In the interest of the argument, such that there is, of "blogger diversity", where is the "About" page, with pictures, for all the luminaries of the Left? I'll pick two - Atrios and Hesiod. And your own, Kuff? I'd put you up there with those two Fake Greek Guys, and even higher, since you've got the cojones to use your own name.
Whoa - that pushed a button, didn't it? Sorry for hijacking the comments section. Carter still doesn't deserve HoF selection, but he is as good as some that are in there.
Hey Chuck, thanks for pointing out Oliver Willis!
I don't have any problems with RB's political orientation. I get plenty of comments from righty bloggers - you, Owen, Kevin, Alex, Binkley - which I welcome. It's just that every time I read a comment thread that Bennett's involved in, he's calling people names. It's rude. I've never seen him add anything to a discussion, and if he did that here I'd ban him.
Which is in part why I asked. He must have some value, I've just never seen it.
I actually thought about having an "About" page when I moved to this site, but it felt a bit egotistical. (I have a hard time believing there are any Frequently Asked Questions about me, frex.) You can view our sadly out of date personal page if you're morbidly curious.
Like I said, I've read a lot of Bennett's comments and I can't recall a single name-calling incident. In the post you reference, there's this: "Mr. Whiney Crybaby". Very obviously used in a humorous fashion. Hardly reason to call him out, as the points he raises in the thread are very valid, and they remain unaddressed. They're just not terribly popular, especially with Oliver's normal retinue of commenters.
And Oliver WAS being whiny about so-called "diversity." (NB: I'm being whiny here about your pick-up of the whole silly thing, so that's not a valid argument against my points :-).) Was it funny and sarcastic, or was it something else? Was the race card referenced above a valuable data point? Honest to God, I'm not here to defend Bennett - Lord knows that he can do that on his own. Just like Oliver's tossed-off post about diversity doesn't need reinforcing from you.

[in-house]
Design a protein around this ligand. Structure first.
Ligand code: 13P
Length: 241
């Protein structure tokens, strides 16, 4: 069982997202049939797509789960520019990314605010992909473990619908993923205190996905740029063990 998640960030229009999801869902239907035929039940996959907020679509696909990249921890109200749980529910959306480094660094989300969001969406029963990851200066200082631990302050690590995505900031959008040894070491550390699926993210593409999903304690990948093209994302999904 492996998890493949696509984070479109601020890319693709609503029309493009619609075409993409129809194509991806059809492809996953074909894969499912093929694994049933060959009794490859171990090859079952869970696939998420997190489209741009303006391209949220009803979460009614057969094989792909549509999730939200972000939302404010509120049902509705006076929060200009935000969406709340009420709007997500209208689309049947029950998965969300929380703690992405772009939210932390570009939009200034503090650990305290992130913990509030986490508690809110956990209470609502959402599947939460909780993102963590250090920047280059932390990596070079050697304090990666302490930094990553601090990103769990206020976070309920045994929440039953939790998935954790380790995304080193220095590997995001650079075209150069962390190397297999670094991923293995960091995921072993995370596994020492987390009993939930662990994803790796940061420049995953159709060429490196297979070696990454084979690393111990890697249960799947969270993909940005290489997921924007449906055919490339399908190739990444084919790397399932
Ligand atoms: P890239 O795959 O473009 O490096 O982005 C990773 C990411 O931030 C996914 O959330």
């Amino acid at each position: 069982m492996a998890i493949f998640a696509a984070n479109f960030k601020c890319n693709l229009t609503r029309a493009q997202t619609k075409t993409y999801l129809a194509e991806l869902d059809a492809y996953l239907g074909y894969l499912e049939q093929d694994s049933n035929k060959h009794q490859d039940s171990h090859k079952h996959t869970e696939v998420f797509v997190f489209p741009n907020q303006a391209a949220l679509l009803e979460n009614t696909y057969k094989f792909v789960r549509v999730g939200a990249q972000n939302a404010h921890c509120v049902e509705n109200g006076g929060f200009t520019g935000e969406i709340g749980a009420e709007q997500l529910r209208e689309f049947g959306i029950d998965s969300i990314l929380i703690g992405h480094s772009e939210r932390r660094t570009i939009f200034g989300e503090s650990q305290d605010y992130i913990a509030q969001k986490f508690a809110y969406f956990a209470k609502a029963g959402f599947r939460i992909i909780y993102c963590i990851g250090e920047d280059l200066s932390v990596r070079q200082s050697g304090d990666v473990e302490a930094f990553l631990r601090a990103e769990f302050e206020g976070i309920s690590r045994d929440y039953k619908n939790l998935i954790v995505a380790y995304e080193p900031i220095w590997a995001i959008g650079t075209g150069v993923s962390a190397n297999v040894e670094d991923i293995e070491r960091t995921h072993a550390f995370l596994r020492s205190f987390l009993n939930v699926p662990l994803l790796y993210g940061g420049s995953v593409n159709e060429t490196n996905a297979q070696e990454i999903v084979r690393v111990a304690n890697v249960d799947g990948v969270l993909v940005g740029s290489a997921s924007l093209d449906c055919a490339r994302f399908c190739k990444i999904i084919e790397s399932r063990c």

And yes, I say you should be egotistical enough to put up your durn About page. We wouldn't bother reading you if we didn't care. Enough with the false modesty, good sir.
Hrm. Of course, I noticed the lack of sex-based diversity, but since I dropped out of political blogging to avoid hanging out with some of those folks, I probably shouldn't say anything ...
WRT Bennett, I don't know what he's like on right-leaning blogs, but I've seen him comment on several left-leaning blogs, and he's been a grade-A asshole every time. Maybe he just likes you, Scott, and that's why he acts like a decent human being in your neck of the woods.
Mind you, my impression of Bennett was formed when he accused Glenn Reynolds of some nasty sexual tendency involving underaged persons (don't remember which particular variety, just that it was a nasty accusation). I have no use for Reynolds, but that's just wrong.
The followups to that accusation, which involved somebody (Patrick Nielsen Hayden, IIRC) wandering through Google's USENET archives and finding out it wasn't the first time Bennett had done such a thing, cemented it for me. He's a troll.
Obviously, I interpreted RB's comments differently. The other times I've seen him in action (including on a mailing list for Kos' Political State Report), it's been the same thing. I think we'll have to agree to disagree here.
OK, I'll work up a short bio. The things I do for my readers...
Google to the rescue. Here is Patrick's piece, which referenced a comment on Ben Domenech's site. Patrick unfortunately pointed to the Haloscan comments URL instead of the post URl, but the comments thread there (in which RB calls Patrick "scum") is illuminating in and of itself.
All I can say, Scott, is that in the comments I've seen, he's been a jerk.
I'll give yall the "jerk" side, if you'll give me the "valid" side. I don't mind jerks, per se...sometime I wish RB was less strident, but not too terribly often. He says things that others (me, for example) won't say out of politeness. It's not a completely surprising occurrence on either side of the political aisle. For example, Kos called me a chickenhawk and told me that my opinion was not valid, since I'd never spent time in the military service of my country yet still supported the war against Hussein. I still read him and I still feel that some of his viewpoints are valid. I just quit commenting or linking there.
Ach, well...I'm not here to change your minds completely. I'm just saying don't dismiss RB or really anyone as a troll just because they point out inconvenient facts in an impolitic manner*. We all know what trolls are at this point, and Bennett isn't one. There are probably better windmills for all of us to tilt at. "Blogger diversity" and "RB=troll" is one of the lesser ones, and I'm feeling right silly for spending this much time on it. My apologies, but then if we can get the Kuff auto-bio up, well, then, my work here is done.
*Unless you want to, of course. This IS the internet, after all.